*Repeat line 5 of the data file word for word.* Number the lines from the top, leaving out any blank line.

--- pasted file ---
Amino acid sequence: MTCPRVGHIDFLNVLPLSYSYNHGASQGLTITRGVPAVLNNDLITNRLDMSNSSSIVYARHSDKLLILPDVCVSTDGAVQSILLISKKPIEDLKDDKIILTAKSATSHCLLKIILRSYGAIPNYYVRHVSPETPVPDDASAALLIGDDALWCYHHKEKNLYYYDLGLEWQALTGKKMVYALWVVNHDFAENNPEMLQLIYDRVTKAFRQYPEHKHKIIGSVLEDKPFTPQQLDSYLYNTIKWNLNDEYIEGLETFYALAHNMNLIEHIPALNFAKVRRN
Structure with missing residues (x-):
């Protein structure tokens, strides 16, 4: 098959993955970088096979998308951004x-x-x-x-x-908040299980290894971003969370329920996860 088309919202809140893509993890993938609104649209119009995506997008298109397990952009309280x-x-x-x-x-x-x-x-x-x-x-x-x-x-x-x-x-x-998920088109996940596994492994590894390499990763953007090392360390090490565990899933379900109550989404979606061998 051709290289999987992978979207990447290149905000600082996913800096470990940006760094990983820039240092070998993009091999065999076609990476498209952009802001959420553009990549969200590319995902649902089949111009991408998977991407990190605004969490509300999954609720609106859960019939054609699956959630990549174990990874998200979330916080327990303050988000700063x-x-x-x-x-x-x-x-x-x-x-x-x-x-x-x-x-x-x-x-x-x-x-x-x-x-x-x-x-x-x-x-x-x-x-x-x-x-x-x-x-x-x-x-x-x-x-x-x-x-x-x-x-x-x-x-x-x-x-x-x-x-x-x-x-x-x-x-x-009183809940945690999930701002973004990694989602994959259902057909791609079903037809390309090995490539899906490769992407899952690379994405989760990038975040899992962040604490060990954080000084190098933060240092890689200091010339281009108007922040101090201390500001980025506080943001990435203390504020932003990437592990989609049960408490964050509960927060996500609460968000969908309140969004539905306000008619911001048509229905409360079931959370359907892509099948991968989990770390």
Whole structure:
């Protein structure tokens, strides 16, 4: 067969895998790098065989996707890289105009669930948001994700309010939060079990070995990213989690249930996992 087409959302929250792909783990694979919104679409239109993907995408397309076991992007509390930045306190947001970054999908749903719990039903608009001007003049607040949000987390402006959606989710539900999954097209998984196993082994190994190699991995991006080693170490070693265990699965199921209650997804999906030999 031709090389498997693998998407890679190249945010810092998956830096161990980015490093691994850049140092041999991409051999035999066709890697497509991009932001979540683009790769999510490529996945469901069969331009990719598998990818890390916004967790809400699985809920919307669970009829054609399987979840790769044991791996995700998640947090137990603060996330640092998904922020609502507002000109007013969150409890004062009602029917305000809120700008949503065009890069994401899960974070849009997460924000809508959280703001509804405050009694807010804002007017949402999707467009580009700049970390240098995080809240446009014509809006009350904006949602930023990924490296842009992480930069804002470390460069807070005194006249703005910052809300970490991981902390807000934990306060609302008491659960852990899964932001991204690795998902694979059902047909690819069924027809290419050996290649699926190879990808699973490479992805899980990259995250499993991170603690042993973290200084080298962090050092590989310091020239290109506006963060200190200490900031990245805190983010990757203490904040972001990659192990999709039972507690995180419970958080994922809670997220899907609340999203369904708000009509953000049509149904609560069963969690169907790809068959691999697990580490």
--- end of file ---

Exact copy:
């Protein structure tokens, strides 16, 4: 067969895998790098065989996707890289105009669930948001994700309010939060079990070995990213989690249930996992 087409959302929250792909783990694979919104679409239109993907995408397309076991992007509390930045306190947001970054999908749903719990039903608009001007003049607040949000987390402006959606989710539900999954097209998984196993082994190994190699991995991006080693170490070693265990699965199921209650997804999906030999 031709090389498997693998998407890679190249945010810092998956830096161990980015490093691994850049140092041999991409051999035999066709890697497509991009932001979540683009790769999510490529996945469901069969331009990719598998990818890390916004967790809400699985809920919307669970009829054609399987979840790769044991791996995700998640947090137990603060996330640092998904922020609502507002000109007013969150409890004062009602029917305000809120700008949503065009890069994401899960974070849009997460924000809508959280703001509804405050009694807010804002007017949402999707467009580009700049970390240098995080809240446009014509809006009350904006949602930023990924490296842009992480930069804002470390460069807070005194006249703005910052809300970490991981902390807000934990306060609302008491659960852990899964932001991204690795998902694979059902047909690819069924027809290419050996290649699926190879990808699973490479992805899980990259995250499993991170603690042993973290200084080298962090050092590989310091020239290109506006963060200190200490900031990245805190983010990757203490904040972001990659192990999709039972507690995180419970958080994922809670997220899907609340999203369904708000009509953000049509149904609560069963969690169907790809068959691999697990580490």